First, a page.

The Unreliable Narrator

This week, consider the unreliable narrator — a classic storytelling device — in your own work, no matter your genre.

Image by Thomas Abbs (CC BY 2.0)

I recently finished the first season of HBO’s True Detective, and one element I loved — which made the episodes more exciting — was the possible presence of an unreliable narrator.

Some of our favorite classic stories are told from the perspectives of unreliable narrators, from Alex in A Clockwork Orange to Humbert Humbert in Lolita. In the world of nonfiction, consider drug-fueled Hunter S. Thompson in Fear and Loathing in Las Vegas, or Lauren Slater, the epileptic and compulsive liar who penned the memoir Lying.

Writers create unreliable narrators for different reasons. Perhaps your character is guilty and wants to mislead others. Maybe he suffers from some kind of condition. Or perhaps she’s under the influence of a substance — or an otherworldly force. In many cases, a writer uses an unreliable narrator as a storytelling device to build drama and suspense.

For this challenge, let’s experiment:

  • Fiction writers: Draft a short story or flash fiction piece from the point of view of a unreliable narrator. What is the source of their unreliability? In what ways and details can you reveal that this person might not be telling the truth? What kind of setting or situation can you create?
  • Poets: Try your hand at free verse or experimental prose from the perspective of an unreliable voice. Or craft a haiku that comments on truth and honesty, or falsehood and white lies.
  • Nonfiction writers: Consider a short personal essay explaining your take on the topic. As a reader, how do you feel when you’ve been duped — by a character, by a story? Have you watched a TV show or film in which you thought one thing, but was totally wrong?
  • Memoirists: Choose a hazy memory from your past, and use it as inspiration for your piece. Try to recall it — and don’t be afraid to show your uncertainty. Or, take the memory and mold it into whatever you’d like — shape it in a way that’s totally untrue, and see where it goes.

If none of these ideas speak to you, find more inspiration in one of these prompts:

  • Truth. Write about this word for 15 minutes. Go.
  • Sidekick. If you needed help, tell us about a character in a book or film that you’d want on your side, and why.
  • Mind Games. Write about a person, fictional or real, with whom you’d love to have a conversation, and why.
  • Rewrite. If you could reshape and rewrite any character in any story, who would you choose? What would you change about them — and would this ultimately alter the rest of the story?
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  1. I absolutely LOVE unreliable narrators. I have a whole novel out there told by a woman you are never quite sure is delusional or it’s the people around her who make her feel that way (Lullabies & Alibis) and my blog which is a humor blog often blurs reality with fiction to make something that much more funny. I am always honest in the comments section when readers remark “wow, can’t believe you went thru that!” I’ll say “I didn’t. But I COULD have!!” Why are we so fascinated by Unreliable Narrators??? Could it be that we have the best and most unreliable narrator of all in our lives?? I’m not trying to get religious on anyone. But just Think about it. Ps. Thanks for great prompts!!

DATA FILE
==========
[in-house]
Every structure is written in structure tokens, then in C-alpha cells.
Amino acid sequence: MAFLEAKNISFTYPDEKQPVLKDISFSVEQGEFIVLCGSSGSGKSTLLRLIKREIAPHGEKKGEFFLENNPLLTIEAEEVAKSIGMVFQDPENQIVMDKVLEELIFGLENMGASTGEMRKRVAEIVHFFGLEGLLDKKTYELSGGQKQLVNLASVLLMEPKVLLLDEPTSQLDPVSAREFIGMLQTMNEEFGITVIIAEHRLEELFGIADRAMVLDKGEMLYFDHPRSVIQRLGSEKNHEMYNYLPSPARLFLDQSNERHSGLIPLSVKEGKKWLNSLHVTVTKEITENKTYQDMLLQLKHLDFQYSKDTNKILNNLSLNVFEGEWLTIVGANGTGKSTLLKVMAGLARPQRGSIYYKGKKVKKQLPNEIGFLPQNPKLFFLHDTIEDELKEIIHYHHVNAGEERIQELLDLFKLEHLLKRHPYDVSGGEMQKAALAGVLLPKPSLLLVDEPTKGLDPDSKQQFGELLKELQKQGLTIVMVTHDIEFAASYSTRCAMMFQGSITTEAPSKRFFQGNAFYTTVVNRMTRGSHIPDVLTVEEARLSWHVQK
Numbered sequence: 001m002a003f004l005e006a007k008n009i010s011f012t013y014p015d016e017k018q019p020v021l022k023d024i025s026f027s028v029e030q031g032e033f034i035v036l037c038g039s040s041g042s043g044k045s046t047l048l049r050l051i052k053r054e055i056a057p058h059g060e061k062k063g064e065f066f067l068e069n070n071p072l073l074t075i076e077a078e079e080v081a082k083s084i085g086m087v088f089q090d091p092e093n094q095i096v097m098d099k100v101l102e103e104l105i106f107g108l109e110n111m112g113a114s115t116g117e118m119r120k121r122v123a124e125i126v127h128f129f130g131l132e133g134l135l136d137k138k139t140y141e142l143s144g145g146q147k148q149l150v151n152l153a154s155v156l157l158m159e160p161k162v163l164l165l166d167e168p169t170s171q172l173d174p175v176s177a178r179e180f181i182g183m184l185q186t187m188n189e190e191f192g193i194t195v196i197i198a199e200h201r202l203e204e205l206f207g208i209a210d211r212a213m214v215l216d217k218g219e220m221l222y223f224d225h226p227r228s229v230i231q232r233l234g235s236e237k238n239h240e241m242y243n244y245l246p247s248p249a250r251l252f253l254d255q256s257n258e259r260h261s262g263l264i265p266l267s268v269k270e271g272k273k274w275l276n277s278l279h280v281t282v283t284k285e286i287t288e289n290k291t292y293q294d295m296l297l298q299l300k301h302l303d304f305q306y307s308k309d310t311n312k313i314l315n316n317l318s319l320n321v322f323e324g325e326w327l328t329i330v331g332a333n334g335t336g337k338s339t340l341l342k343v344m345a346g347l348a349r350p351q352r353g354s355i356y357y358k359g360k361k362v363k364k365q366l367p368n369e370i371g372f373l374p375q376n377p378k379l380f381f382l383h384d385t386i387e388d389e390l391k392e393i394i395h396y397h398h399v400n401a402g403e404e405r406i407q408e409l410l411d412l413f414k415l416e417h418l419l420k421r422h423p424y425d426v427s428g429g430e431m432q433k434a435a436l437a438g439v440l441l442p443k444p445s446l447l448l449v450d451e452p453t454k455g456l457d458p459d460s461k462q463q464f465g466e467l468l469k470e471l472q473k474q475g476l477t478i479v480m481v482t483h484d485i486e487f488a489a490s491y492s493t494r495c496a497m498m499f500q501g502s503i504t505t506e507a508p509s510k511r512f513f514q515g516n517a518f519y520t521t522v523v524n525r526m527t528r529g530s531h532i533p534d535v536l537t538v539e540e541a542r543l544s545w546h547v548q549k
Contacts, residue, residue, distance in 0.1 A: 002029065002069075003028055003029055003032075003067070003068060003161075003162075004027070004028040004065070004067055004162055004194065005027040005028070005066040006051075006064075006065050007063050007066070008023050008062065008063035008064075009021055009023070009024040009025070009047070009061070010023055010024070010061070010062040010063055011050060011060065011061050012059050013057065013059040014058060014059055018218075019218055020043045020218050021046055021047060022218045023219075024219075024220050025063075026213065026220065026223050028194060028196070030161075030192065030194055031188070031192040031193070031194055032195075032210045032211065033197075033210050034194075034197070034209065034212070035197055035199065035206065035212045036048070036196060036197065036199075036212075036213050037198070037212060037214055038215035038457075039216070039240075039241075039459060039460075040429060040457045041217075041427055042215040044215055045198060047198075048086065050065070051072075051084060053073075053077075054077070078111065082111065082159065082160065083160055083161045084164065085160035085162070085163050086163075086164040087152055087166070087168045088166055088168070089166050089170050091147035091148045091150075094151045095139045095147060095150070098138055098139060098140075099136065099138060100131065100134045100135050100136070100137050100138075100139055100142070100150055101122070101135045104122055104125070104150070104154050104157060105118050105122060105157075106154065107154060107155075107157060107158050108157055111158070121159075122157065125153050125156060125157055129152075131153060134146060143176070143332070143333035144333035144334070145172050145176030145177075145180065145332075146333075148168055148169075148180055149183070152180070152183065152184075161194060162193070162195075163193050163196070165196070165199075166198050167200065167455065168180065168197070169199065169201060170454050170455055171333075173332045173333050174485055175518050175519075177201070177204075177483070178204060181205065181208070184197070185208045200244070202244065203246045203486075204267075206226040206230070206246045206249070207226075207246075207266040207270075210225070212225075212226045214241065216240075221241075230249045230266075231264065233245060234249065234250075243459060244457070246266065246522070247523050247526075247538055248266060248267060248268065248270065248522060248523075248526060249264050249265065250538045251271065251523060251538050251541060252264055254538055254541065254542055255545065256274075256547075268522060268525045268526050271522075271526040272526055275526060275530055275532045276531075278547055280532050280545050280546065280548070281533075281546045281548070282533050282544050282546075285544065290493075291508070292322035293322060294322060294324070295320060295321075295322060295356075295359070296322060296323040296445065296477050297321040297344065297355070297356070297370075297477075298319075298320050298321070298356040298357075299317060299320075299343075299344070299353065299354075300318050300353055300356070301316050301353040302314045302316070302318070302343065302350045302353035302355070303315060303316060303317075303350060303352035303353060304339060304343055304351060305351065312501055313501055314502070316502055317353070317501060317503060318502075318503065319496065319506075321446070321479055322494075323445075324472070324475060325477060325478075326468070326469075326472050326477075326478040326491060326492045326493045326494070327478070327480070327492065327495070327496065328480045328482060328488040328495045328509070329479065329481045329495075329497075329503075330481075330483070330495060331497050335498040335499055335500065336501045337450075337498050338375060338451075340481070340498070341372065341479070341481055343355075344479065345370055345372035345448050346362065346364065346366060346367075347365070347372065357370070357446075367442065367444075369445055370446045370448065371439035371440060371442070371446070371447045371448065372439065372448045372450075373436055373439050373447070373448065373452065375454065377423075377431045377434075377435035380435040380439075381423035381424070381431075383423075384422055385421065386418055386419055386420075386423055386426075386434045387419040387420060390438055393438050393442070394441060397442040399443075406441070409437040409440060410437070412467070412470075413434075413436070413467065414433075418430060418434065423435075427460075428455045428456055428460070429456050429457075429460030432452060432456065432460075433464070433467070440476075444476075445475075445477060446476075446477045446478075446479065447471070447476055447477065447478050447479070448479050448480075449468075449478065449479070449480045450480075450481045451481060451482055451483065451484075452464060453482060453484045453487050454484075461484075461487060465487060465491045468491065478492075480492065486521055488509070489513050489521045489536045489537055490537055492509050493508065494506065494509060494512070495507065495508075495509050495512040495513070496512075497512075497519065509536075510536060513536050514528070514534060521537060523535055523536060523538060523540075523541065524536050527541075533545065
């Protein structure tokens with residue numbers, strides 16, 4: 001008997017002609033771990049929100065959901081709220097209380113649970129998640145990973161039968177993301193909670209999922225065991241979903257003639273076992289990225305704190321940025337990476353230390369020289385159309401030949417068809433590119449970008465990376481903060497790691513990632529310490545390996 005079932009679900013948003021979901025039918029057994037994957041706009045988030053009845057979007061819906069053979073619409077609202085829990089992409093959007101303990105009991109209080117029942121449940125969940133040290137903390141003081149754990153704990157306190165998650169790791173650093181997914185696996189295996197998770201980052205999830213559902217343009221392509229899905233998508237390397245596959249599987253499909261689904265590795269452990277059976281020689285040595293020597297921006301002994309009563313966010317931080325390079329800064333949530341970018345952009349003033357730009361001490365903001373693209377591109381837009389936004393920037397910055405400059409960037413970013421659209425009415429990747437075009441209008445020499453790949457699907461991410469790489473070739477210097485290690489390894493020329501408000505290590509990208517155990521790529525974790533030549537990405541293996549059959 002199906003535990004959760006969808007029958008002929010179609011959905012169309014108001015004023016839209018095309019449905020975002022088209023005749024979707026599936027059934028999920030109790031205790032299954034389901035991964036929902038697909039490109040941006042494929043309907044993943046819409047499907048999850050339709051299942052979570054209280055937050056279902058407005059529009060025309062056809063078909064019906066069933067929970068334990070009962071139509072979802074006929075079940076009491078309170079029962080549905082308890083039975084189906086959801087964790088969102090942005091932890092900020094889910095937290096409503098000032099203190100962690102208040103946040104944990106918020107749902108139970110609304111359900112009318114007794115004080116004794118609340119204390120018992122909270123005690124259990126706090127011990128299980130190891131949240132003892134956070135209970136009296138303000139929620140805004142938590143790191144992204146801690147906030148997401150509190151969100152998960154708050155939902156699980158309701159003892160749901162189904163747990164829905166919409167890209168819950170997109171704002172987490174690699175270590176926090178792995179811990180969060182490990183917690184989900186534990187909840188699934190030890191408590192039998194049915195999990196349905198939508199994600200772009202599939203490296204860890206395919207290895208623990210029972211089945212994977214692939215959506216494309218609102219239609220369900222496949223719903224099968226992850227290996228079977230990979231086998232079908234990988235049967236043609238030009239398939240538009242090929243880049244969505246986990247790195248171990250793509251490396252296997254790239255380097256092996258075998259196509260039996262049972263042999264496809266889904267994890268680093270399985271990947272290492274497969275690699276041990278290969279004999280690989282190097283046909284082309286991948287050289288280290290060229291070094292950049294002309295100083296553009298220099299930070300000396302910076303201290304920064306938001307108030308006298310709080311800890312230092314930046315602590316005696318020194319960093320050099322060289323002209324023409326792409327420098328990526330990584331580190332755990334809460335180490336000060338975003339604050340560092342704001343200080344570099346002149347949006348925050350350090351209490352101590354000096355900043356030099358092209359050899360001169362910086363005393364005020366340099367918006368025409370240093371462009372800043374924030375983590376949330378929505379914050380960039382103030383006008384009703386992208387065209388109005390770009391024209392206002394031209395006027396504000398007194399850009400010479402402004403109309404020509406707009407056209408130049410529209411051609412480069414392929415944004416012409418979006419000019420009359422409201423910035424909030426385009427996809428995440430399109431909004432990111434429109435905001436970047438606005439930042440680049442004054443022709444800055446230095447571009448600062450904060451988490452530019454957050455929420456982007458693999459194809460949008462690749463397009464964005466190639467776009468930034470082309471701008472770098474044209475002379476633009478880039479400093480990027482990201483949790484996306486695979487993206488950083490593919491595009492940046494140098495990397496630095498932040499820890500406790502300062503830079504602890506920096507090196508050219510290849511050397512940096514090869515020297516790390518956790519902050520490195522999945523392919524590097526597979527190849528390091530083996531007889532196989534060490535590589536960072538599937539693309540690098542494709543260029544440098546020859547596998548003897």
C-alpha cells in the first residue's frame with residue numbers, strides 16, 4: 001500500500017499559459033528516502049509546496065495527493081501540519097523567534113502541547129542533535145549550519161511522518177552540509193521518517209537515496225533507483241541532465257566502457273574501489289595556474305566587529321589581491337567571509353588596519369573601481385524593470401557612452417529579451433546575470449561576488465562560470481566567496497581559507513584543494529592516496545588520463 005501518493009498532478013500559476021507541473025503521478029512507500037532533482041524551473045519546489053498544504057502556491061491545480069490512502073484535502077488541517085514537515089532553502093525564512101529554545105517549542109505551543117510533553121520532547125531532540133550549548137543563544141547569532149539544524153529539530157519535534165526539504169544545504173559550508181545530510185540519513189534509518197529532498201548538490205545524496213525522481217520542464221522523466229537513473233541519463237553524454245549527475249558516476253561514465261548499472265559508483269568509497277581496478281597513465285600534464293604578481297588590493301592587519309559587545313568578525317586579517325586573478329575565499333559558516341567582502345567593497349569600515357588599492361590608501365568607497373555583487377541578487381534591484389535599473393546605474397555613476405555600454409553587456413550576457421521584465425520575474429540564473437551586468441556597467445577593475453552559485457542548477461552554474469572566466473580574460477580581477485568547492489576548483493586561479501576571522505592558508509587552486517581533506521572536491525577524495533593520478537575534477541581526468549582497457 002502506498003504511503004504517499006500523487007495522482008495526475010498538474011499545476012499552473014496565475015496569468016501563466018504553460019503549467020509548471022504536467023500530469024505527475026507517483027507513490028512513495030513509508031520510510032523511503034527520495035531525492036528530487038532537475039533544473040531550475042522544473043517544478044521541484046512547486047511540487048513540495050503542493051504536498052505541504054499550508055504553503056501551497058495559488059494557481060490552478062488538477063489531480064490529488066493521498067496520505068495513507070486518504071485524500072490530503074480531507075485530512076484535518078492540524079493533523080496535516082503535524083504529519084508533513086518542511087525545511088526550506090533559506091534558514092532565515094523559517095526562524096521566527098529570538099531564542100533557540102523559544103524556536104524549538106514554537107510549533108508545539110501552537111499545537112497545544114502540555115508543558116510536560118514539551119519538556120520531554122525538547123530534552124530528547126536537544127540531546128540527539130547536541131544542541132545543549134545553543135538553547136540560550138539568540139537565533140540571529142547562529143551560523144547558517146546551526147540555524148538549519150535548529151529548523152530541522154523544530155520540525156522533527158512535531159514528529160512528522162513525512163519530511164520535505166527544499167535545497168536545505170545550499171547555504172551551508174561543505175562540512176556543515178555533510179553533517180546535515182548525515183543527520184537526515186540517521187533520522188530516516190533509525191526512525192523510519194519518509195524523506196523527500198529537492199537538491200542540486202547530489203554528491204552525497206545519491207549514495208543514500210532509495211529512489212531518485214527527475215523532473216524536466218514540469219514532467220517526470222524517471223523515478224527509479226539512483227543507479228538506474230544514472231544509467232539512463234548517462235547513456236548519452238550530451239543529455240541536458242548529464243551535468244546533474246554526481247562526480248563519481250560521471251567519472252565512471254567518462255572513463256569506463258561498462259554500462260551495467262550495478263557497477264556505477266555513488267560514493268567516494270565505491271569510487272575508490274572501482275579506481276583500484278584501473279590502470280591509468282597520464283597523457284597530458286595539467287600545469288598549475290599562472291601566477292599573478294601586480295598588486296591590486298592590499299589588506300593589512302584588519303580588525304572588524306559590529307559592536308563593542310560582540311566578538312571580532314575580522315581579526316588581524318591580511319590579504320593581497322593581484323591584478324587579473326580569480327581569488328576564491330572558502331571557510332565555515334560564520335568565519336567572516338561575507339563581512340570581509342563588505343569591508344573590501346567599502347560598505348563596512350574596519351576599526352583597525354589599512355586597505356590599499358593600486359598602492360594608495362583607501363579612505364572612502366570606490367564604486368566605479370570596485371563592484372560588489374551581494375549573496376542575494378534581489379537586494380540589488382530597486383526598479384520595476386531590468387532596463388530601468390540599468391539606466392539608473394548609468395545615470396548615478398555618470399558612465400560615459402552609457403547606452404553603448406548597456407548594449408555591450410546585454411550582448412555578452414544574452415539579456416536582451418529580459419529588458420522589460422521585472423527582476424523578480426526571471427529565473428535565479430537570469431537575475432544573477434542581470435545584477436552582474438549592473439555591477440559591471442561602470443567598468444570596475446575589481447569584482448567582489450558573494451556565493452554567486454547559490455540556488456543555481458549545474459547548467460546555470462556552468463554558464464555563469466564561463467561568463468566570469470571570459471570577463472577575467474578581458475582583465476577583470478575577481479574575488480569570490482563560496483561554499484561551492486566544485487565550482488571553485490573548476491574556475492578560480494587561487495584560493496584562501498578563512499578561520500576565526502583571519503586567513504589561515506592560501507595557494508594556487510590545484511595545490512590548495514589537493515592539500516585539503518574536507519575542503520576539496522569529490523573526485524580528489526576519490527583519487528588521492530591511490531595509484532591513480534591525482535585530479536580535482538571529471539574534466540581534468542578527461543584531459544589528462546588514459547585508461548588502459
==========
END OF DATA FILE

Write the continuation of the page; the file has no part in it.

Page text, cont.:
Liked by 2 people

    1. Its interesting you love ( I know you mean fascination-wise) unreliable narrators. As long as the story is decent and the plot is unique, that’s all I need to keep reading.


  2. Memory’s a tricky thing, especially when lots of detail’s involved. Senior moments aren’t necessary – just watch an otherwise reliable witness being cross-examined in a court case. Fumbling and forced second-guessing are the names of that particular game.

    Humans are all unreliable narrators at one time or another, especially in the stories we tell stories ourselves. That’s why we connect with the unreliable narrator.

    Liked by 2 people

      1. The last half of the last sentence should read : especially in the stories we tell ourselves.

        It’s late here, and I should sleep on the prompts of the week. 🙂


  3. Oh… unreliable narrator can be so hard to do well! I adore them when they are done well though… I’ll have to think about trying to write something for this… at some point at least. Such a good challenge.


  4. An excellent prompt. Dare I follow a 5th prompt site? This one looks really good. Perhaps…I could just sleep less. No, better that I eat less. I do want to try at least this prompt…Thanks.


  5. In the beginning of “Isla and the Happily Ever After” by Stephanie Perkins, Isla is an unreliable narrator. But then you find out that she just had her wisdom teeth removed and is still little high…It’s funny. 😛

    Liked by 1 person

  6. Learnt something new! I have came across this kind of writing style but never it has a special name to it. Unreliable narrators really make a good mystery and suspense story.


  7. Thanks for the prompt. Just what I needed to actually write this story that I’ve been thinking about for long while, Alejandro the Foolish and the Magical Pen.

    Had a great time writing it!


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